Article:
Semyon Alapin was a strong Russian master who originated a number of opening lines, such as the Alapin Opening (1.e4 e5 2.Ne2?!, intending to play a sort of King's Gambit Deferred with f4). The only one of much significance today is his line against the Sicilian, 1.e4 c5 2.c3, a solid line that has been played by many grandmasters and causes fits to higher-rated Black players because it's tough to beat. Among Alapin's lesser-known eponymous variations is Alapin's Defense to the Ruy Lopez. Quick, how many of you know what it is?
It's 1.e4 e5 2.Nf3 Nc6 3.Bb5 Bb4!?, a really stupid-looking move that does have the virtues of stopping an immediate d4 and preparing to play ...Nge7 without blocking in the bishop. Alapin did reasonably with it, including draws with Steinitz, Blackburne and Schlechter. It's only been played in 40 games in chessgames.com's 600,000-game database, only 25 of those in the last 30 years. That makes it an even rarer bird, by a factor of ten, than Bird's Defense to the Ruy Lopez (3...Nd4), seen in 502 games, 250 of them in the past 30 years.
For such an obscure line, Alapin's brainchild hasn't done badly, including a 22-move win in A. Ivanov-Lugo, U.S. Championship 2005 and a draw in Anand-Hector, Palma de Mallorca 1989.
On to the trap, which comes from IM Gary Lane at chesscafe.com this week. After the natural 4.c3 Ba5, inquiring minds will want to know why White can't just win a pawn with 5.Bxc6 dxc6 6.Nxe5, as White played in the above game. Now White could respond to 6...Qg5?! with 7.Nf3! Qxg2 8.Rg1 Qh3 9.Rxg7, since the tempting 9...Bg4 is met by 10.Ng1!, staying a pawn ahead after 10...Bxd1 11.Nxh3. Instead, Black plays 6...Qe7! 7.d4 f6! intending to regain his pawn after 8.Nf3 Qxe4+. But clever Whites will see an apparent flaw in this scheme: 8.Qh5+ g6 9.Nxg6 Qxe4+ 10.Be3 (see diagram) when 10...Qxg6 can be met by 11.Qxa5, e.g. 11...Qxg2 12.Rf1 Bh3 13.Nd2 intending 0-0-0. However, Black rudely surprises White with 10...Bg4!, reaching a winning position. 11.Qxa5 Qxg2 would be fatal, since White's king is not long for this world after 12.Nxh8 Qxh1+ 13.Kd2 Qd1# or 12.Rf1 Qf3. In the game sent in by Lane's reader, Earl Roberts of New Zealand, White tried instead 11.Qh4 Qxg2, and now Lane analyzes 12.Rf1 hxg6 13.Qxh8 Qf3 14.Qxg8+ Ke7 15.Qg7+ Ke6 and Black wins. Instead White stumbled into mate.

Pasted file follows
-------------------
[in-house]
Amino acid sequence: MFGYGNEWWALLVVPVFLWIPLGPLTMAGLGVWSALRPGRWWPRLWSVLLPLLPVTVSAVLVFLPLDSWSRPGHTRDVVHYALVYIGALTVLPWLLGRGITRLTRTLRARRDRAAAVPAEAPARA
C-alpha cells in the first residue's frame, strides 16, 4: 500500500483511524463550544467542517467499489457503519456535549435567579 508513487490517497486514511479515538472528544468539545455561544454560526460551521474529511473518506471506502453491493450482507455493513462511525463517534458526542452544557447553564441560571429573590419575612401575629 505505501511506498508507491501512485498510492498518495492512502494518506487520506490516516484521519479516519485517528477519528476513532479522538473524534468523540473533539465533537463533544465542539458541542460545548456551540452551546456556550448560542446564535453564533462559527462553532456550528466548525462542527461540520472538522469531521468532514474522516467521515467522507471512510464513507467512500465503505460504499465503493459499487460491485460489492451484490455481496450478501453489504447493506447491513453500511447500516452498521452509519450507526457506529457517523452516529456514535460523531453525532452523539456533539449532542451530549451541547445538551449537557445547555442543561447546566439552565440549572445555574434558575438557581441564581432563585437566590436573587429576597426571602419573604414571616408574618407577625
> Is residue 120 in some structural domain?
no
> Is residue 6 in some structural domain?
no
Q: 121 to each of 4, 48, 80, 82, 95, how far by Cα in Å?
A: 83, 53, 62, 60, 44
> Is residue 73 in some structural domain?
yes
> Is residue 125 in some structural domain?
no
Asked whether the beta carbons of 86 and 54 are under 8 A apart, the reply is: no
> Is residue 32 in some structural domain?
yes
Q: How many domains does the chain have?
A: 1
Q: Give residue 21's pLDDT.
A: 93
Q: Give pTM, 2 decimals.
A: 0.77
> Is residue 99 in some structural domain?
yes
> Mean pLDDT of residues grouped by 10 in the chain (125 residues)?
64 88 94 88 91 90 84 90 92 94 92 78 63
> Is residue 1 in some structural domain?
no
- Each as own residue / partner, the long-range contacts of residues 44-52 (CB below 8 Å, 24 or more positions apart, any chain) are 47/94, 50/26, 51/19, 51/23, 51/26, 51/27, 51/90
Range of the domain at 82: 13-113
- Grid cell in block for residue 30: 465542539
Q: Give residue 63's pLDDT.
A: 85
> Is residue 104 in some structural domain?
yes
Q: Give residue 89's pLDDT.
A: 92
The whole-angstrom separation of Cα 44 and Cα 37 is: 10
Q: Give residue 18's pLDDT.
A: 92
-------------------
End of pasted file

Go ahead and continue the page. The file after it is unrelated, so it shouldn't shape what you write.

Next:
Roberts writes that he has lost track of how many times he has been able to reach the position after move 10 in his games, and indeed how many of his opponents have repeated the entire game! Based on this trap and other games submitted by Mr. Roberts, Lane concludes that 3...Bb4 is a good try at club level. Check out Lane's article and give it a shot!